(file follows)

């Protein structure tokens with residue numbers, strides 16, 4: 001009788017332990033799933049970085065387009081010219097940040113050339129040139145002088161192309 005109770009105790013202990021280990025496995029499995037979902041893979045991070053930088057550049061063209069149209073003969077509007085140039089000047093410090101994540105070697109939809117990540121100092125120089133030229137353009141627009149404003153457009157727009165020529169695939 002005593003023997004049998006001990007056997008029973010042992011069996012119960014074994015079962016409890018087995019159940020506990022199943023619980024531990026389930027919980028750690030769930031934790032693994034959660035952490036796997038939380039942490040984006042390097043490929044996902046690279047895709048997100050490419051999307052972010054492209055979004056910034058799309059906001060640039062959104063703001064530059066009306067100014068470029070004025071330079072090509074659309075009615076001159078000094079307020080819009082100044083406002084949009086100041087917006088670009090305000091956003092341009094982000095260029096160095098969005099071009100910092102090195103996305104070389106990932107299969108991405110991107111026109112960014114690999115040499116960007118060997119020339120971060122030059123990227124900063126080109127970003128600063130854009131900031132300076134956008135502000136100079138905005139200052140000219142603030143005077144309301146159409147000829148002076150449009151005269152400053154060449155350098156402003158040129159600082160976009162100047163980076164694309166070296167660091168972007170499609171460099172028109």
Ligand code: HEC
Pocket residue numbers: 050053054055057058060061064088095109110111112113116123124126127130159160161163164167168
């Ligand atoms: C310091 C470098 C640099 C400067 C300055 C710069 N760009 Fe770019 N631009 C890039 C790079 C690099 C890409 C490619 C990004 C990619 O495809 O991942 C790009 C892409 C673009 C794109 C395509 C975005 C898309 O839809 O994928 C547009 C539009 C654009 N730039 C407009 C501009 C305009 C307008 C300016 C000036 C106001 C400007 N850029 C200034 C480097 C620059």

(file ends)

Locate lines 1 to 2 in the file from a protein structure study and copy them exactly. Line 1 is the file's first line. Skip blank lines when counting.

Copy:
């Protein structure tokens with residue numbers, strides 16, 4: 001009788017332990033799933049970085065387009081010219097940040113050339129040139145002088161192309 005109770009105790013202990021280990025496995029499995037979902041893979045991070053930088057550049061063209069149209073003969077509007085140039089000047093410090101994540105070697109939809117990540121100092125120089133030229137353009141627009149404003153457009157727009165020529169695939 002005593003023997004049998006001990007056997008029973010042992011069996012119960014074994015079962016409890018087995019159940020506990022199943023619980024531990026389930027919980028750690030769930031934790032693994034959660035952490036796997038939380039942490040984006042390097043490929044996902046690279047895709048997100050490419051999307052972010054492209055979004056910034058799309059906001060640039062959104063703001064530059066009306067100014068470029070004025071330079072090509074659309075009615076001159078000094079307020080819009082100044083406002084949009086100041087917006088670009090305000091956003092341009094982000095260029096160095098969005099071009100910092102090195103996305104070389106990932107299969108991405110991107111026109112960014114690999115040499116960007118060997119020339120971060122030059123990227124900063126080109127970003128600063130854009131900031132300076134956008135502000136100079138905005139200052140000219142603030143005077144309301146159409147000829148002076150449009151005269152400053154060449155350098156402003158040129159600082160976009162100047163980076164694309166070296167660091168972007170499609171460099172028109």
Ligand code: HEC